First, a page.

He’s purpose is to subvert the beliefs of His Jewish listeners. They’ve made their election about themsleves and missed that God said he didn’t chose them because they were special, but because He is God and He can show mercy on whoever He wants. He set them apart for himself. The redemptive arc always was meant to include the adoption of Gentiles into the family of faith. He’s also subverting common devaluing of women in that culture. It’s often repeated that women’s witness in court was worth less than men. Yet here she is petitioning the Jewish rabbi. Her request is being granted. Her faith is lifted up as an example.
Third, Jesus will have her as an adopted child of God or nothing at all.
Jesus’s answer is a polemic against those missed arcs. My imagination really works when reading this story. I can almost see Jesus’s standing aloof eyes up and away. Arms crossed. Almost nodding to the Pharisees as those piercing words leave His lips. Right as he delivers the last line. He quickly peeks at the woman. A momentary glance of compassion.
You might expect her to run away devastated, but no she responds in humility. “Yes, Lord; yet even the dogs under the table eat the children's crumbs” (Mark 7:28). Jesus goes from arms crossed and aloof to exuberant. To the shock of those same Pharisees around Him, he says, “O woman, great is your faith!”
At that moment, I can see the jaws of the crowd loosed. Jesus then says, “Be it done for you as you desire.” This reminds me of the many passages in Scripture where a King might reward a faithful servant, “Anything you want up to half my kingdom.” Jesus doesn’t even limit her in this way. He just says, “Be it done for you as you desire.” Instantly her daughter is healed.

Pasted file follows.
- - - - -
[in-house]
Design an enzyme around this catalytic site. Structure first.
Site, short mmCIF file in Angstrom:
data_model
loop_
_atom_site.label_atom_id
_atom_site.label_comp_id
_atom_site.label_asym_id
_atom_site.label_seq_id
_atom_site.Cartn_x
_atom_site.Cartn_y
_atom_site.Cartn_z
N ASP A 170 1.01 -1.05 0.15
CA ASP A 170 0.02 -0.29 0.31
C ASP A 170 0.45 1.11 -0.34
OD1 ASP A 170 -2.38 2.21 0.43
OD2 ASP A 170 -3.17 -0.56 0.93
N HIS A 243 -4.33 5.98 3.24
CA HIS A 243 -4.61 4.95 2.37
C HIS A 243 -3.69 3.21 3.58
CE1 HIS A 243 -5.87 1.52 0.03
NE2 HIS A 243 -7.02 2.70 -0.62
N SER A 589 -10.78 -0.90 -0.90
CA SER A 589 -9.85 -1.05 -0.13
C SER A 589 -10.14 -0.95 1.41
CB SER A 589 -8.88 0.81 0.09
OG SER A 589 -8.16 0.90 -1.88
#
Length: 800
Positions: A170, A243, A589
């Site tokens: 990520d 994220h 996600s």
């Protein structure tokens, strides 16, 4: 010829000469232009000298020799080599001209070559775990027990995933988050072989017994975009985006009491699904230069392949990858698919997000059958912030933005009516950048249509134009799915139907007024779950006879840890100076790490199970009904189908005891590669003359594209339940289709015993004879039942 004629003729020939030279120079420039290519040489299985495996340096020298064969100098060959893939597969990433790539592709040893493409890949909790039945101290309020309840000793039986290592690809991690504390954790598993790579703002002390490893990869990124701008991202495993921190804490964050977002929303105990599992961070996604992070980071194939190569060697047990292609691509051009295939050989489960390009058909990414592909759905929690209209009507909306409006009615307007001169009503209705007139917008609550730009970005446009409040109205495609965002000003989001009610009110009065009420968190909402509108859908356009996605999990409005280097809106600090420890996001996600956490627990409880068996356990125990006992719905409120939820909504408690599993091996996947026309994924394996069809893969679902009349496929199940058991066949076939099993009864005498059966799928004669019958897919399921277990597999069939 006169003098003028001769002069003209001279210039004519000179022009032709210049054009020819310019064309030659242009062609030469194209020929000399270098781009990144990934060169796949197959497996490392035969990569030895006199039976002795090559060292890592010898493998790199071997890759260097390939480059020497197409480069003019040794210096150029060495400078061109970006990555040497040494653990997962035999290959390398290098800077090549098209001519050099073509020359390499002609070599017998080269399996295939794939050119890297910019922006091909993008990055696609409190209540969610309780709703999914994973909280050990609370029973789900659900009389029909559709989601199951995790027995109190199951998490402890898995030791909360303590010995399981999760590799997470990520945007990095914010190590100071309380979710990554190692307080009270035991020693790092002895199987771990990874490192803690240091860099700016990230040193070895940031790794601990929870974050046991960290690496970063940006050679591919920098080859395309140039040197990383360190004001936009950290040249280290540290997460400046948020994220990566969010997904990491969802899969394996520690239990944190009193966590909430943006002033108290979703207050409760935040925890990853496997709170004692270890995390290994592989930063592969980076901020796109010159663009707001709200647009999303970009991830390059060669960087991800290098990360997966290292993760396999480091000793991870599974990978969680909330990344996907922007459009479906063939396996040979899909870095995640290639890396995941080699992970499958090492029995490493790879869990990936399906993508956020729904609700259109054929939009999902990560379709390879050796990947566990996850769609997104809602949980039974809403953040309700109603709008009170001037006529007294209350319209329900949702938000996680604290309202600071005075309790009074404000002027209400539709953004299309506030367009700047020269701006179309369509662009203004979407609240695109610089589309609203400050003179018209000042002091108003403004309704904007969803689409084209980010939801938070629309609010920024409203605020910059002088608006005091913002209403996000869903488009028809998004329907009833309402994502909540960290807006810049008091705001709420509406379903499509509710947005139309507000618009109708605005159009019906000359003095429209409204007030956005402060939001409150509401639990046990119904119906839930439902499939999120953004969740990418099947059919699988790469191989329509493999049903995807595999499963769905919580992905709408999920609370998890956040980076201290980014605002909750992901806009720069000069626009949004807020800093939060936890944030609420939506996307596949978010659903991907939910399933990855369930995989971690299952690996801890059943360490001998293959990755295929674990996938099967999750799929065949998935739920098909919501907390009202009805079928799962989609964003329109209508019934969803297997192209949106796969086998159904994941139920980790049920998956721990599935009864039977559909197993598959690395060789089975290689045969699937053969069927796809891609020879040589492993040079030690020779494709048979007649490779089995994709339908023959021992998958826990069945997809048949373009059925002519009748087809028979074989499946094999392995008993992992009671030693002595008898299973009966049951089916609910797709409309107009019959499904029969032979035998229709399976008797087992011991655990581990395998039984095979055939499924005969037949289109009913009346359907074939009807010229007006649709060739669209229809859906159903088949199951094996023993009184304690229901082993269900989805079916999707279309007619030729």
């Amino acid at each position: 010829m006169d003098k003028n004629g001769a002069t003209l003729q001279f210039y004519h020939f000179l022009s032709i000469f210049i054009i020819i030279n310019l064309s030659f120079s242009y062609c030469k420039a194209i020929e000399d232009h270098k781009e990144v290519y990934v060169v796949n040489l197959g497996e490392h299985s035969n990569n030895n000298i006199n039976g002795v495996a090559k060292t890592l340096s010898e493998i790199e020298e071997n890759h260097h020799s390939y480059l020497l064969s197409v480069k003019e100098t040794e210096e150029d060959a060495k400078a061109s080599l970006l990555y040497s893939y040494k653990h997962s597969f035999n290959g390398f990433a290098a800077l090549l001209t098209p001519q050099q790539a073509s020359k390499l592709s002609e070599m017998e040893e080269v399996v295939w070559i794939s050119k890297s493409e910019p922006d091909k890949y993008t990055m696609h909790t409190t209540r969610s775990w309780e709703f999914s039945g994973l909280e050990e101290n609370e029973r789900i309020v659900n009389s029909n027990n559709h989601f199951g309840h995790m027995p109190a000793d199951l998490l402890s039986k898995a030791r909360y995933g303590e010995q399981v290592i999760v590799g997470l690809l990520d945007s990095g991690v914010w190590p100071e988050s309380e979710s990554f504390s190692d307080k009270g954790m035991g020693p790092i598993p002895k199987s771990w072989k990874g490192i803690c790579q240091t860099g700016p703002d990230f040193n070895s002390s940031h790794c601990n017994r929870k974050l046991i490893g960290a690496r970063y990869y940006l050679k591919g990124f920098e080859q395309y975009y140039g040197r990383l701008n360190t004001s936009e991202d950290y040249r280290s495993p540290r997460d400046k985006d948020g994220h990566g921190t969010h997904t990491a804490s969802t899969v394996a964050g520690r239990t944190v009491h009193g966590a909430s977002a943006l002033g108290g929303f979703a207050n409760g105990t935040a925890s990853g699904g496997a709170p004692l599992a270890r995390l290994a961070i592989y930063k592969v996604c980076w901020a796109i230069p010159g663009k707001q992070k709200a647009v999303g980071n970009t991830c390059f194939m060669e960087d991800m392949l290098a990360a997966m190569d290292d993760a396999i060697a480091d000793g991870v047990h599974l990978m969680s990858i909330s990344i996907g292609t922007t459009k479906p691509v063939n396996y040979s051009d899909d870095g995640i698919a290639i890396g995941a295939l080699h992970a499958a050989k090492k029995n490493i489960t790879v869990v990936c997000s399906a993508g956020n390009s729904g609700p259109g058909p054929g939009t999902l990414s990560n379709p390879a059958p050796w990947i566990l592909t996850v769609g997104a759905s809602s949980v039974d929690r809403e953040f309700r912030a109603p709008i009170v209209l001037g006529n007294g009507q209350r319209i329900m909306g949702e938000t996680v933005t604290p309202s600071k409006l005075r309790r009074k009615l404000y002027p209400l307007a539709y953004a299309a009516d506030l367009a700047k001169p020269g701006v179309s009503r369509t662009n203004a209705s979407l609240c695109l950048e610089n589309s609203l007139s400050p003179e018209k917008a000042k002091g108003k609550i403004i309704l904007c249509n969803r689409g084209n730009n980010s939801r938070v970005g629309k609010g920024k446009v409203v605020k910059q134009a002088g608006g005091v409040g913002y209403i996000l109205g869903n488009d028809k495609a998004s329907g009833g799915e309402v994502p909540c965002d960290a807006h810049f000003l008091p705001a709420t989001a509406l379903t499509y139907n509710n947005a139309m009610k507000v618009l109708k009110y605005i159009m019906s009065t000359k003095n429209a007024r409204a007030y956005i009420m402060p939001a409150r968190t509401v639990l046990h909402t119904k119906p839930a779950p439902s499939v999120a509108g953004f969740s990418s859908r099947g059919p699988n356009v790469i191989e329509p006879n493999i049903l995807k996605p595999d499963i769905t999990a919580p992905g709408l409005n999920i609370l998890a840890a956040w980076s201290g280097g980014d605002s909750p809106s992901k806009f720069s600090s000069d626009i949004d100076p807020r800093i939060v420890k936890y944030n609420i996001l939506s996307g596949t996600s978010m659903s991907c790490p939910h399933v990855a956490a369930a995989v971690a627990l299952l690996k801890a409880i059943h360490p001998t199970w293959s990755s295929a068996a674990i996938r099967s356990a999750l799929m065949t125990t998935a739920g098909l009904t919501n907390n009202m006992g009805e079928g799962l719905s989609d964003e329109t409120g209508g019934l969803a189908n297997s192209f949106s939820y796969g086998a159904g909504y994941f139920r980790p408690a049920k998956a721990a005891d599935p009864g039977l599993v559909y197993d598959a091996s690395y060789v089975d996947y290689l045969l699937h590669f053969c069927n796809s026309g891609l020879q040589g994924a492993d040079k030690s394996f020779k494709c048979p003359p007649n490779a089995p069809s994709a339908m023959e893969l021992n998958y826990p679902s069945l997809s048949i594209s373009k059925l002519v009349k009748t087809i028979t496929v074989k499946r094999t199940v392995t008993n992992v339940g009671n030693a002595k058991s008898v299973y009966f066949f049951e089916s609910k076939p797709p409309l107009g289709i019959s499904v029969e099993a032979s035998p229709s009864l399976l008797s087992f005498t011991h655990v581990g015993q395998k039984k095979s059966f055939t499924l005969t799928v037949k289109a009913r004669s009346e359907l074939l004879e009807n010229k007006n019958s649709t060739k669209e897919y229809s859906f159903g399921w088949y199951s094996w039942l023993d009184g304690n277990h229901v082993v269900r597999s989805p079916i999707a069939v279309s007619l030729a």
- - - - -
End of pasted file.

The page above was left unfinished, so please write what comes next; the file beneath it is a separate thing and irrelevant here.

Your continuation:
As my pastor said, all she wanted were crumbs of grace. She approached Jesus like all sinners must in faith acknowledging their sinfulness, but expecting extravagant grace and forgiveness. It’s interesting to remember as well Jesus says (even if it is in polemic) “it is not right to take the children’s bread and throw it to the dogs” yet he seemingly does just this. If I may, the other card we see when he says this is she’s not a dog. She’s a child at the table. He’s the father receiving the prodigal. He will not have this woman as a dog in His house. She will be an adopted child of God or nothing at all. She is in covenant. She is in the family of faith.
One last thing to tie things up. An application heard from the aforementioned sermon. The only other episode where someone falls to the ground and begs is found in Mark 14. Except it’s not a Gentile asking for healing or a Jew or a disciple. It’s Jesus. He’s begging and pleading with his Father. “Is there another way? Must I drink of this cup?” Frighteningly there is silence. We hear nothing from the Father. The unwritten answer is “There is no other way.” In that moment, Jesus takes all of our unanswered petitions and carries them on his shoulders and in return we always receive loaves of grace. Unmerited. Food without price. The body and blood of Jesus. So today receive not the crumbs from the table, but the bounty from the feast.
Mathew B. Sims is the author of A Household Gospel: Fulfilling the Great Commission in Our Homes and writes for CBMW Manual, Gospel-Centered Discipleship, Borrowed Light, and other publications. He also works as the managing editor at Gospel-Centered Discipleship and offers freelance editing and book formatting services. He blogs at Grace for Sinners and Marginalia: On the Margins of the Writing Life. His family is covenanted at Downtown Presbyterian Church.